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Honey and herbs: How Etse Fewus are working for a sweet future in Fiche

Some time ago, the Etse Fewus cooperative put to us the idea of bringing bees to their medicinal herb garden in Fiche.

A healthy swarm could help pollinate the herbs, they said, and provide an important extra source of income for members and their families.

Ethiopia is a country with a long tradition of beekeeping and some of the group already owned a few traditional beehives or ‘kafo’: long, cylindrical baskets, usually made of eucalyptus twigs, mud, woven bamboo and false banana leaves.

Members said they would combine their old Kafos at the garden site if Botanica Ethiopia could help them obtain some modern beehives. The new, more expensive box hives would yield better quality honey – and much more of it.

We loved the idea and so were excited this week to be able to deliver the first batch of brightly-painted modern hives to Gule and Werkalemahu at the garden.

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From the ground up: growing herbs with altitude

High above the Jemma River,  three hours from Addis Ababa, we walk a rocky path between houses made of mud and young eucalypts. Gule, one of the founding members of the Etse Fewus ‘Healing Plants’ association is leading us off-road to the medicinal garden.

We pass resting donkeys and loops of white cotton, hung up to dry outside people’s homes. It feels closer to the sun in Fiche and at lunchtime, everything looks dusty and heat-struck.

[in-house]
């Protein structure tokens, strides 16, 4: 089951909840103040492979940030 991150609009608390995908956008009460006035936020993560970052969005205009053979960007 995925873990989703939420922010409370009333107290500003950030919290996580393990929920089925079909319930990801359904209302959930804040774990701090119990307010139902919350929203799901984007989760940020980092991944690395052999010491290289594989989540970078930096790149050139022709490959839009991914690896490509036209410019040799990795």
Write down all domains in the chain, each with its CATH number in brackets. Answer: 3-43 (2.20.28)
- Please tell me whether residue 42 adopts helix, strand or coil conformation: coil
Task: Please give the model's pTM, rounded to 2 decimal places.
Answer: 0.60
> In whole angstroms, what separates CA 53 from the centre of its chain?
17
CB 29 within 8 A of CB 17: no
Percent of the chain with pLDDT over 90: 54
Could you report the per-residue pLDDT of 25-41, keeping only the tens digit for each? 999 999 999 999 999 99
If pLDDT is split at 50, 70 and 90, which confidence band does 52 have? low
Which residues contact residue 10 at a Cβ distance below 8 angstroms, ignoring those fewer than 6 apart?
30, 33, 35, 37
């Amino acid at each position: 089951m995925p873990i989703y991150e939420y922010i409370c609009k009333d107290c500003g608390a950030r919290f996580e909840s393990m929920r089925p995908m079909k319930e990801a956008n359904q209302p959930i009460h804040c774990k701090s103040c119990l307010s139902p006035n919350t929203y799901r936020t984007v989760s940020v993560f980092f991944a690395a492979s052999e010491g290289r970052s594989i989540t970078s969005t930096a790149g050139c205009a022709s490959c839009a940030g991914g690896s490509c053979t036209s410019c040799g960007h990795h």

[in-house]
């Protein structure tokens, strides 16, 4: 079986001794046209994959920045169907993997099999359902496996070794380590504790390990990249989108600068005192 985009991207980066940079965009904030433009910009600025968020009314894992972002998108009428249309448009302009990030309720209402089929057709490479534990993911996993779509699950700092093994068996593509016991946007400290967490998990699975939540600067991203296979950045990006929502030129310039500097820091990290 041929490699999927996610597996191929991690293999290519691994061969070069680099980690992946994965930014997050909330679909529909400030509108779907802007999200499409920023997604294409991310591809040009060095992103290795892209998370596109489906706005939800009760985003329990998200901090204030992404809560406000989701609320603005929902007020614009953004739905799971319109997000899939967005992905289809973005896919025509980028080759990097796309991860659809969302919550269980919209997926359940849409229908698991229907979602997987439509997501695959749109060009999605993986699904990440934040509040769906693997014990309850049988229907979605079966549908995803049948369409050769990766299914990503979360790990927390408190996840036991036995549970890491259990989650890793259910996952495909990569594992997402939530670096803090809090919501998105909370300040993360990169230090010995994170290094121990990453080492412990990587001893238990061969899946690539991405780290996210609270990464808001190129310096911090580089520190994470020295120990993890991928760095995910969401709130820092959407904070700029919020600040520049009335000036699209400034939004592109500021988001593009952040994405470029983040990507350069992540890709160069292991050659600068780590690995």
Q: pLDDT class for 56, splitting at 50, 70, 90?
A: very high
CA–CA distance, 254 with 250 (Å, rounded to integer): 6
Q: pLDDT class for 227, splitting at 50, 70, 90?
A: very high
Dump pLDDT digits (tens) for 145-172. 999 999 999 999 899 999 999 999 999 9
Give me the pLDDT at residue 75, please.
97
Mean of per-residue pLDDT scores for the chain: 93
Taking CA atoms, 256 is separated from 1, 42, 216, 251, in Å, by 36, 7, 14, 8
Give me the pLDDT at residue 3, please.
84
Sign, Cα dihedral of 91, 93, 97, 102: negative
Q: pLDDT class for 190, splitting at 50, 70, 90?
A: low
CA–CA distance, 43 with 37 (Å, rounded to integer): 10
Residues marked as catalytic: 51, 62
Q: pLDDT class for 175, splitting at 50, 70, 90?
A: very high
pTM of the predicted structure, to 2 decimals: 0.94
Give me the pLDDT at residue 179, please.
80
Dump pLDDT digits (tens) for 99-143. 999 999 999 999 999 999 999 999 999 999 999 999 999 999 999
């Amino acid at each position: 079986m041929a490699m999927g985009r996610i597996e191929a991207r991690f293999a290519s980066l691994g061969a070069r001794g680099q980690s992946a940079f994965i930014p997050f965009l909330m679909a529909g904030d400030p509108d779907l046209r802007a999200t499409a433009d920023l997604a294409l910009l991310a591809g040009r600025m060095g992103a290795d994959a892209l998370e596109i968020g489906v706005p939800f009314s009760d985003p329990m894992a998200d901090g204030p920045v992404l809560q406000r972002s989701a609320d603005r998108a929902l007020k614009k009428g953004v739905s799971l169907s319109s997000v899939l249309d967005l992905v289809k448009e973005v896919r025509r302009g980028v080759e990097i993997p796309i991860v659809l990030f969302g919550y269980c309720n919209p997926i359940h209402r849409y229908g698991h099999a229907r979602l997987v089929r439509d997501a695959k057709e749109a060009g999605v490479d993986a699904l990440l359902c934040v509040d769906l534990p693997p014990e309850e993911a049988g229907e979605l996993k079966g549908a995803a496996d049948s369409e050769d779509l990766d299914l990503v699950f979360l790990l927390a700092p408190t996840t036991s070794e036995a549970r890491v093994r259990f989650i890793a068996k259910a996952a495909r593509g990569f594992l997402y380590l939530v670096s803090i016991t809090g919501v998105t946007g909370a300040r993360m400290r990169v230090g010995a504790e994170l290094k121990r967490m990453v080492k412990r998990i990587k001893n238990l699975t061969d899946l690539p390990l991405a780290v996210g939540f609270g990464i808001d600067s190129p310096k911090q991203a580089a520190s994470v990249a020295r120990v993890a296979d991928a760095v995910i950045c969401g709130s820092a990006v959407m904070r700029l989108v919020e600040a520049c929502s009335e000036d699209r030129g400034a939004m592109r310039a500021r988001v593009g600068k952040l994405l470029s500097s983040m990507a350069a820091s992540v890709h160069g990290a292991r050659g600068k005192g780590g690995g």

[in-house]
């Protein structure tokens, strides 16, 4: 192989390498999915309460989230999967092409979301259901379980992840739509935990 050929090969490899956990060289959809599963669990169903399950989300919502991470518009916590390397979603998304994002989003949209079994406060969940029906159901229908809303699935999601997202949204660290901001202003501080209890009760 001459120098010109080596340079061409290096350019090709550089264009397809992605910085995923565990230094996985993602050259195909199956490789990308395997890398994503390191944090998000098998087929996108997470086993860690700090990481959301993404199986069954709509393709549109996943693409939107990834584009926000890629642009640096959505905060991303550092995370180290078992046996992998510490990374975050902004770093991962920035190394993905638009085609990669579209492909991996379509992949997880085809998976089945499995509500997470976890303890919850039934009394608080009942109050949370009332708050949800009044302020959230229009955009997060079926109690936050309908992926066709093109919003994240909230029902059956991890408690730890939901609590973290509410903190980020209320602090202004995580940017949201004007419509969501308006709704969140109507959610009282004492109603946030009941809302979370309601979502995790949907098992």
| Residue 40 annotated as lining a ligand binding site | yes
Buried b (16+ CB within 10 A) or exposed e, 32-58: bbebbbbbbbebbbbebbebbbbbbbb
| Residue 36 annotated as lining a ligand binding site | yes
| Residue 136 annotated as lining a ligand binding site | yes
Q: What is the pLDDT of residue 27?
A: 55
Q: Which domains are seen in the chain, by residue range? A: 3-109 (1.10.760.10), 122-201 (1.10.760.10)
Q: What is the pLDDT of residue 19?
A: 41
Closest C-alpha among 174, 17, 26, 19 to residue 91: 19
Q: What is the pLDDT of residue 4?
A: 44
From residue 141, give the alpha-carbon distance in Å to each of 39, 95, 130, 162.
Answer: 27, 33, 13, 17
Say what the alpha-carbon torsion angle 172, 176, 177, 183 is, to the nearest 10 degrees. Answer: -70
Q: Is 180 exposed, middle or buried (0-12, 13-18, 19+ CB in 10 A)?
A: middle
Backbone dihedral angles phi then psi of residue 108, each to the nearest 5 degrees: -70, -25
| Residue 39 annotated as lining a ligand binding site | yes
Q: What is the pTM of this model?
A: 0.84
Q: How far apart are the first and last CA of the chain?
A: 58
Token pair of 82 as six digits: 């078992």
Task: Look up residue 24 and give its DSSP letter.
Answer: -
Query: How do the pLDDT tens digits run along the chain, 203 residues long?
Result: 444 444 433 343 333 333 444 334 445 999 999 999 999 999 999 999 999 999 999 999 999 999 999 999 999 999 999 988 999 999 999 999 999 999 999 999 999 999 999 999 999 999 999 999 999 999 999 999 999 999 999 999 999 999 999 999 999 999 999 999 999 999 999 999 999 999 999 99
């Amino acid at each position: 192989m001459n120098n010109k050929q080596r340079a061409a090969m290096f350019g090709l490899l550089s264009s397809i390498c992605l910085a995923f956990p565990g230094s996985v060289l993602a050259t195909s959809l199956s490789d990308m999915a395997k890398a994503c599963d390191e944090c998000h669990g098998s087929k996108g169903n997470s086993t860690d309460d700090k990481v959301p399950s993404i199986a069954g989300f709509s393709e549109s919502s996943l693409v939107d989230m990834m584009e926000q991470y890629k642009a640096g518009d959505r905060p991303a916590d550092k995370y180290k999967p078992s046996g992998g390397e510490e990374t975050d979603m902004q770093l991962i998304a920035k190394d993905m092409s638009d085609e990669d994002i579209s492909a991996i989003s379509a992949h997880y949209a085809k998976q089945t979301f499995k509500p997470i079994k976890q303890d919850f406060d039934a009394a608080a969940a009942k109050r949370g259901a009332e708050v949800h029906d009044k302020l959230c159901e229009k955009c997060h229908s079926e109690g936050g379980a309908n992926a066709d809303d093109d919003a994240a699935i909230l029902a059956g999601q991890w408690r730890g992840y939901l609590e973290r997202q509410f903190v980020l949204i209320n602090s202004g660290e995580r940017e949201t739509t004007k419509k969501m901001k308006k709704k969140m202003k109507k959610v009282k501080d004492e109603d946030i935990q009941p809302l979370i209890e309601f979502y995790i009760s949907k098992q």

Everything, except a group of  women coming up the path behind us, who are laughing into white gabis flicked over their heads against the heat. We realise it’s the Etse Fewus women and their children, and it’s big greetings and more laughter on the road. The Sunday market was packing up for the day and they’d left to find us on the ridge above town.

We walk together until our little path opens up to yellowed farmland where a family and their cows are threshing newly cut teff. Below them, neatly fenced, is the garden we’d started three years before. P1030068

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Cool runnings

Thanks to all who supported the Botanica Ethiopia team at the Blackmores Sydney Running Festival recently.

This time we joined 34,000 runners across beautiful Sydney Harbour Bridge to raise money for the Living Pharmacy project in Fiche. And thanks to you, we raised more than $500!

Special gratitude to Kerrie Carroll, Will Birkett, Kathryn Lee, Andrew Key and Darrien Wise for your generous donations.

And a special mention of Cameron Wise for his stellar, somewhat surprising performance on race day, beating the rest of the team across the finish line. As he warned us: A natural athlete!

Money raised was used to provide the Etse-Fewus ‘Healing Plants’ Association members with permaculture training at the Fiche garden in October.

Botanica Ethiopia organised for Alex McCausland from the Strawberry Fields Eco Lodge in southern Ethiopia to conduct a five-day workshop on sustainable land management, which included techniques for soil improvement, bio-fertilizer production, natural pest control, water retention and seed-saving.

You can READ HERE how the group is now using permaculture to manage an organic medicinal herb garden that is truly flourishing!